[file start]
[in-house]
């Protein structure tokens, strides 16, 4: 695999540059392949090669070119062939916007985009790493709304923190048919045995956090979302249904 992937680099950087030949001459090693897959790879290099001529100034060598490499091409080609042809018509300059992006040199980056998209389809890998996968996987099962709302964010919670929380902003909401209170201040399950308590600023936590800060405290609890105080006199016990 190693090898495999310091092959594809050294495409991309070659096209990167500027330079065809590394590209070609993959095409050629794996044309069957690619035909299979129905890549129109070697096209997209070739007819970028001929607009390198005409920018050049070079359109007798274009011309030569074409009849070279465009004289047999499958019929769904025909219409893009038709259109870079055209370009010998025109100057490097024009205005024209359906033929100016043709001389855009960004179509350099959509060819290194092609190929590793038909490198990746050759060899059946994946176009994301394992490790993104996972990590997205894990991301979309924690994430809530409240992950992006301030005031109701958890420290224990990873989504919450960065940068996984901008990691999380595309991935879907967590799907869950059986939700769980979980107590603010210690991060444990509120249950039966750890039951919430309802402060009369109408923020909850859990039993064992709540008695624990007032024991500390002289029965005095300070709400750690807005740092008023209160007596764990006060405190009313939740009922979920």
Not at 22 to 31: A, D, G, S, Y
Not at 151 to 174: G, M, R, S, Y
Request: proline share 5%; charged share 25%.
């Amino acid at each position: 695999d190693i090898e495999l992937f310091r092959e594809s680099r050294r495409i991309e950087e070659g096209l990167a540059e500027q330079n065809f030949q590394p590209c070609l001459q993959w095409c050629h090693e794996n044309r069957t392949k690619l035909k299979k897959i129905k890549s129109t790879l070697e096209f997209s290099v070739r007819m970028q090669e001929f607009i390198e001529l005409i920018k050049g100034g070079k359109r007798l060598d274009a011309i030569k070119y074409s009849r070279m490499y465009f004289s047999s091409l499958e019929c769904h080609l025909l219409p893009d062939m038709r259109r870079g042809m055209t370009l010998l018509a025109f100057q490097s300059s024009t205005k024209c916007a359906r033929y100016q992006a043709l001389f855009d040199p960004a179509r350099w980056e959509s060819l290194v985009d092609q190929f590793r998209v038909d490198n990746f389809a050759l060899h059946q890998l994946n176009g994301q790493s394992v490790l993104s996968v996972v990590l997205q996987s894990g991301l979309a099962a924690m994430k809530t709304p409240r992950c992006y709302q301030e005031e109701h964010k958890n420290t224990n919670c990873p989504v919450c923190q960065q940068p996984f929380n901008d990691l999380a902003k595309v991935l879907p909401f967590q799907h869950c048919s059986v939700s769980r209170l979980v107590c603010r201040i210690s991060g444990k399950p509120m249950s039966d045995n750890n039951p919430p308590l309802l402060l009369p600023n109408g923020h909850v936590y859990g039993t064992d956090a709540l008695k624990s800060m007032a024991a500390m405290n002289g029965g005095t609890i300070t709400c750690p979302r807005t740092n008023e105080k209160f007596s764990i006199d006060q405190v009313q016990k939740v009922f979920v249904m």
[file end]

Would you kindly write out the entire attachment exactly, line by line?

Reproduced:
[in-house]
């Protein structure tokens, strides 16, 4: 695999540059392949090669070119062939916007985009790493709304923190048919045995956090979302249904 992937680099950087030949001459090693897959790879290099001529100034060598490499091409080609042809018509300059992006040199980056998209389809890998996968996987099962709302964010919670929380902003909401209170201040399950308590600023936590800060405290609890105080006199016990 190693090898495999310091092959594809050294495409991309070659096209990167500027330079065809590394590209070609993959095409050629794996044309069957690619035909299979129905890549129109070697096209997209070739007819970028001929607009390198005409920018050049070079359109007798274009011309030569074409009849070279465009004289047999499958019929769904025909219409893009038709259109870079055209370009010998025109100057490097024009205005024209359906033929100016043709001389855009960004179509350099959509060819290194092609190929590793038909490198990746050759060899059946994946176009994301394992490790993104996972990590997205894990991301979309924690994430809530409240992950992006301030005031109701958890420290224990990873989504919450960065940068996984901008990691999380595309991935879907967590799907869950059986939700769980979980107590603010210690991060444990509120249950039966750890039951919430309802402060009369109408923020909850859990039993064992709540008695624990007032024991500390002289029965005095300070709400750690807005740092008023209160007596764990006060405190009313939740009922979920």
Not at 22 to 31: A, D, G, S, Y
Not at 151 to 174: G, M, R, S, Y
Request: proline share 5%; charged share 25%.
């Amino acid at each position: 695999d190693i090898e495999l992937f310091r092959e594809s680099r050294r495409i991309e950087e070659g096209l990167a540059e500027q330079n065809f030949q590394p590209c070609l001459q993959w095409c050629h090693e794996n044309r069957t392949k690619l035909k299979k897959i129905k890549s129109t790879l070697e096209f997209s290099v070739r007819m970028q090669e001929f607009i390198e001529l005409i920018k050049g100034g070079k359109r007798l060598d274009a011309i030569k070119y074409s009849r070279m490499y465009f004289s047999s091409l499958e019929c769904h080609l025909l219409p893009d062939m038709r259109r870079g042809m055209t370009l010998l018509a025109f100057q490097s300059s024009t205005k024209c916007a359906r033929y100016q992006a043709l001389f855009d040199p960004a179509r350099w980056e959509s060819l290194v985009d092609q190929f590793r998209v038909d490198n990746f389809a050759l060899h059946q890998l994946n176009g994301q790493s394992v490790l993104s996968v996972v990590l997205q996987s894990g991301l979309a099962a924690m994430k809530t709304p409240r992950c992006y709302q301030e005031e109701h964010k958890n420290t224990n919670c990873p989504v919450c923190q960065q940068p996984f929380n901008d990691l999380a902003k595309v991935l879907p909401f967590q799907h869950c048919s059986v939700s769980r209170l979980v107590c603010r201040i210690s991060g444990k399950p509120m249950s039966d045995n750890n039951p919430p308590l309802l402060l009369p600023n109408g923020h909850v936590y859990g039993t064992d956090a709540l008695k624990s800060m007032a024991a500390m405290n002289g029965g005095t609890i300070t709400c750690p979302r807005t740092n008023e105080k209160f007596s764990i006199d006060q405190v009313q016990k939740v009922f979920v249904m």